The G20 is being criticized before it’s begun

Sep 6, 2023, 2:55pm EDT
REUTERS/Anushree Fadnavis
securitySouth Asia
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The G20 is an opportunity for world leaders to tackle the world’s most pressing issues.

But international observers are doubtful there will be any meaningful consensus this year, as geopolitical tensions and divisions overshadow much of the summit’s agenda in New Delhi.

Activists are worried that G20 leaders will be inept at tackling the climate emergency. The UN climate chief called their statements before the summit “woefully inadequate”1 at addressing the crisis and pointed to geopolitical tensions as a “constraining factor." But some analysts believe the G20 leaders can still make progress on issues like climate financing to debt-ridden nations. The West has so far not provided the kind of support to help developing nations achieve net-zero targets, but for the G20 countries “it boils down to ensuring there’s money on the table,”2 said Arunabha Ghosh, head of a New Delhi-based energy and environment think tank. The G20 leaders will have to commit to make finance “cheap, long and convenient.”

Chinese leader Xi Jinping’s absence from the G20 summit is further worrying Western diplomats in Beijing about the lack of access to government officials who, taking their cue from Xi, are increasingly wary of engaging with the West and are “less willing to go off script”3 during meetings, a foreign policy analyst told Reuters. Skipping high-profile events and meetings is used as “leverage” by China against countries it has tense relations with, said Yun Sun, director of the China Program at the Stimson Center.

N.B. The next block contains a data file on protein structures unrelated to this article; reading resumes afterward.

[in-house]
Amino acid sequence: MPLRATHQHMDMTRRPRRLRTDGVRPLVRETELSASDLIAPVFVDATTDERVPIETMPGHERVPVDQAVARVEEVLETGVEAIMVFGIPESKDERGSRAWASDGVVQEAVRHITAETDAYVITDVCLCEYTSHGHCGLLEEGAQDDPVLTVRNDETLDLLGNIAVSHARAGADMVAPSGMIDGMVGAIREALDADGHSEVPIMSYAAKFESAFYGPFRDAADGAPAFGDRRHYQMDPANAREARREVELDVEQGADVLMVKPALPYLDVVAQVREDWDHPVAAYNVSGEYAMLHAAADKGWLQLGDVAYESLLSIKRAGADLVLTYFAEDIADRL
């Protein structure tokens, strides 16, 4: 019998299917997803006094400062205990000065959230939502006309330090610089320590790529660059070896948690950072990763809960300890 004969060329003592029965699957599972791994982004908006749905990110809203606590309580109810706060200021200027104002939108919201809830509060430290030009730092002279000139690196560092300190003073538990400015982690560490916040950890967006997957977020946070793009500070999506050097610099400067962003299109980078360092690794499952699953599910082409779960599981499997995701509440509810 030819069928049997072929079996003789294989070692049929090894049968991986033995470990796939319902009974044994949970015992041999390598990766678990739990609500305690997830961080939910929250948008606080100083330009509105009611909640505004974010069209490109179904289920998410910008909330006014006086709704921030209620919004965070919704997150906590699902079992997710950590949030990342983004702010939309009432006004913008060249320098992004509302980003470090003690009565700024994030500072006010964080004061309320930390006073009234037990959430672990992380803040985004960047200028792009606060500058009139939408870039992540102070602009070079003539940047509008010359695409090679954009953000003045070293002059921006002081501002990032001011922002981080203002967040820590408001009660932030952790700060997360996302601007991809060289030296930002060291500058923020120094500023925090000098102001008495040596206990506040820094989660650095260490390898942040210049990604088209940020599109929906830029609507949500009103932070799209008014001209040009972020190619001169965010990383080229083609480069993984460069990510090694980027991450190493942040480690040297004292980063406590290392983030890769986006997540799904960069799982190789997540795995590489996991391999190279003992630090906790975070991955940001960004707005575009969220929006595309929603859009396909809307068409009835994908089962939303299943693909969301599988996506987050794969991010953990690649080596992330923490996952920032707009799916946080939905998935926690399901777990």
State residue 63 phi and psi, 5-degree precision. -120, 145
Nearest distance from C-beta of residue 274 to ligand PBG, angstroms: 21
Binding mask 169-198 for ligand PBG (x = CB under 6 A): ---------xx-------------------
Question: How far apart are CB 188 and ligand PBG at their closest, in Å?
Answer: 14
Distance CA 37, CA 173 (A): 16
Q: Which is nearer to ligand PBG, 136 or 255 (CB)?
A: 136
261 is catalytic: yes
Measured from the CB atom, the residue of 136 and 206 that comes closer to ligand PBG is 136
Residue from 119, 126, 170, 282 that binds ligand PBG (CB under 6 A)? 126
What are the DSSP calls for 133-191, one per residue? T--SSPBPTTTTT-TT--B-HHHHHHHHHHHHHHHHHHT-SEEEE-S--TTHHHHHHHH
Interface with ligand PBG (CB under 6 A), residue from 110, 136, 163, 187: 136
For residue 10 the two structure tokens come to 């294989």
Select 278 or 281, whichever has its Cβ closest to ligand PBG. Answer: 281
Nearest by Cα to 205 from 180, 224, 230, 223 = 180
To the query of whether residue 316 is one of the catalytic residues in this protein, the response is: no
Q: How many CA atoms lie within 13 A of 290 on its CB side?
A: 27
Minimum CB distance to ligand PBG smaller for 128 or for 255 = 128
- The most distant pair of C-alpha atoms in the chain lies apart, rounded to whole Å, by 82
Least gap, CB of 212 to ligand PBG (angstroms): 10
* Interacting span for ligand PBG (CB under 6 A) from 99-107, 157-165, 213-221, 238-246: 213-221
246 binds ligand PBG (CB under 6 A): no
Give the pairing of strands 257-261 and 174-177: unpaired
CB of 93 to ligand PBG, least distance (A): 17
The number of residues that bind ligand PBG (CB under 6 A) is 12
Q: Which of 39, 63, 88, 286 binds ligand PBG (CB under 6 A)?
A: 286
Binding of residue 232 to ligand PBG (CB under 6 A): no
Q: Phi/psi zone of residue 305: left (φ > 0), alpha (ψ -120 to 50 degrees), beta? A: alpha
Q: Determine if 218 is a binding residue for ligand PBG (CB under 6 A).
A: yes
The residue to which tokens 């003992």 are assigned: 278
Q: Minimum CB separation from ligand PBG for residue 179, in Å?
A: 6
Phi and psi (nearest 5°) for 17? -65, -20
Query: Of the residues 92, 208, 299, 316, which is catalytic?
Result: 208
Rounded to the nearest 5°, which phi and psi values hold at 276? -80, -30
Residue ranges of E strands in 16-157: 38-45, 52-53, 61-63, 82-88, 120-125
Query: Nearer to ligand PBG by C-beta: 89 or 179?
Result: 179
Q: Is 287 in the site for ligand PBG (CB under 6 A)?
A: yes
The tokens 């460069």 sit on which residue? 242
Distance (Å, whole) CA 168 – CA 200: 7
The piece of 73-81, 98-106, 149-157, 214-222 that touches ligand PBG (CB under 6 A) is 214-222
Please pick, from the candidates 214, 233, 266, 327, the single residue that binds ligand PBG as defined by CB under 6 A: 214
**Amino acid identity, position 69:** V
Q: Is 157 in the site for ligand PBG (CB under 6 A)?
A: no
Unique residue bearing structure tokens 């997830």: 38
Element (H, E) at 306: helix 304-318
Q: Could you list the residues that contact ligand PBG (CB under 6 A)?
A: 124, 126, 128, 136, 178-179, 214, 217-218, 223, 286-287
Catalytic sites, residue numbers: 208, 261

While Indian Prime Minister Narendra Modi has turned the G20 summit into a "nonstop advertisement for both India and his leadership,"4 the nation is losing credibility as a global negotiator over the lack of consensus on several issues since its presidency of the G20, experts told CNBC. India’s inability to broker a joint communique on the Ukraine war— largely due to pushback from Russia and China — has undermined Modi’s efforts in using the G20 to bolster India’s global ambitions. “At the national level, [Modi] is trying to portray this as a great recognition that India has arrived under his prime ministership,” Eurasia Group’s Pramit Pal Chaudhuri said. “I think the messaging has been strong, but the reception is harder to work out, it’s harder to quantify.”